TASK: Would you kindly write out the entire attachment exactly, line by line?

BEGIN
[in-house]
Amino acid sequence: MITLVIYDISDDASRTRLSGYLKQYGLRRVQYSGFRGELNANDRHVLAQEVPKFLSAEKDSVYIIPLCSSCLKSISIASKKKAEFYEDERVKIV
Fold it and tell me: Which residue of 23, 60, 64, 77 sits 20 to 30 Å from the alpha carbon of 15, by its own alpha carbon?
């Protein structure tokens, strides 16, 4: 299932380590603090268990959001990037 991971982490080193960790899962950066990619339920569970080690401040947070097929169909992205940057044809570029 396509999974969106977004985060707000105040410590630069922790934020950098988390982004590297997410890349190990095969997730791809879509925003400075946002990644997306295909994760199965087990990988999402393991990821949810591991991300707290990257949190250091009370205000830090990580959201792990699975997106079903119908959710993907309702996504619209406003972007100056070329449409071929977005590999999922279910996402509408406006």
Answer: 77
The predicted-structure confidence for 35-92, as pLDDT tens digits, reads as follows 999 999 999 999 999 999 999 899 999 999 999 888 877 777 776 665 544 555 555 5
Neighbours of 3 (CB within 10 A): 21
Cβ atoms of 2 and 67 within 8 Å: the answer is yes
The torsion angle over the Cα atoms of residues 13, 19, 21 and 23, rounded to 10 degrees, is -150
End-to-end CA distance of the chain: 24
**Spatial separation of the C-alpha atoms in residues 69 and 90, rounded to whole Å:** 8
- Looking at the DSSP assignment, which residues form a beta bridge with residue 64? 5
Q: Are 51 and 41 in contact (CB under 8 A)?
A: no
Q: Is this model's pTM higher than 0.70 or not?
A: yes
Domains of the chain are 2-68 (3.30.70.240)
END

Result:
[in-house]
Amino acid sequence: MITLVIYDISDDASRTRLSGYLKQYGLRRVQYSGFRGELNANDRHVLAQEVPKFLSAEKDSVYIIPLCSSCLKSISIASKKKAEFYEDERVKIV
Fold it and tell me: Which residue of 23, 60, 64, 77 sits 20 to 30 Å from the alpha carbon of 15, by its own alpha carbon?
């Protein structure tokens, strides 16, 4: 299932380590603090268990959001990037 991971982490080193960790899962950066990619339920569970080690401040947070097929169909992205940057044809570029 396509999974969106977004985060707000105040410590630069922790934020950098988390982004590297997410890349190990095969997730791809879509925003400075946002990644997306295909994760199965087990990988999402393991990821949810591991991300707290990257949190250091009370205000830090990580959201792990699975997106079903119908959710993907309702996504619209406003972007100056070329449409071929977005590999999922279910996402509408406006």
Answer: 77
The predicted-structure confidence for 35-92, as pLDDT tens digits, reads as follows 999 999 999 999 999 999 999 899 999 999 999 888 877 777 776 665 544 555 555 5
Neighbours of 3 (CB within 10 A): 21
Cβ atoms of 2 and 67 within 8 Å: the answer is yes
The torsion angle over the Cα atoms of residues 13, 19, 21 and 23, rounded to 10 degrees, is -150
End-to-end CA distance of the chain: 24
**Spatial separation of the C-alpha atoms in residues 69 and 90, rounded to whole Å:** 8
- Looking at the DSSP assignment, which residues form a beta bridge with residue 64? 5
Q: Are 51 and 41 in contact (CB under 8 A)?
A: no
Q: Is this model's pTM higher than 0.70 or not?
A: yes
Domains of the chain are 2-68 (3.30.70.240)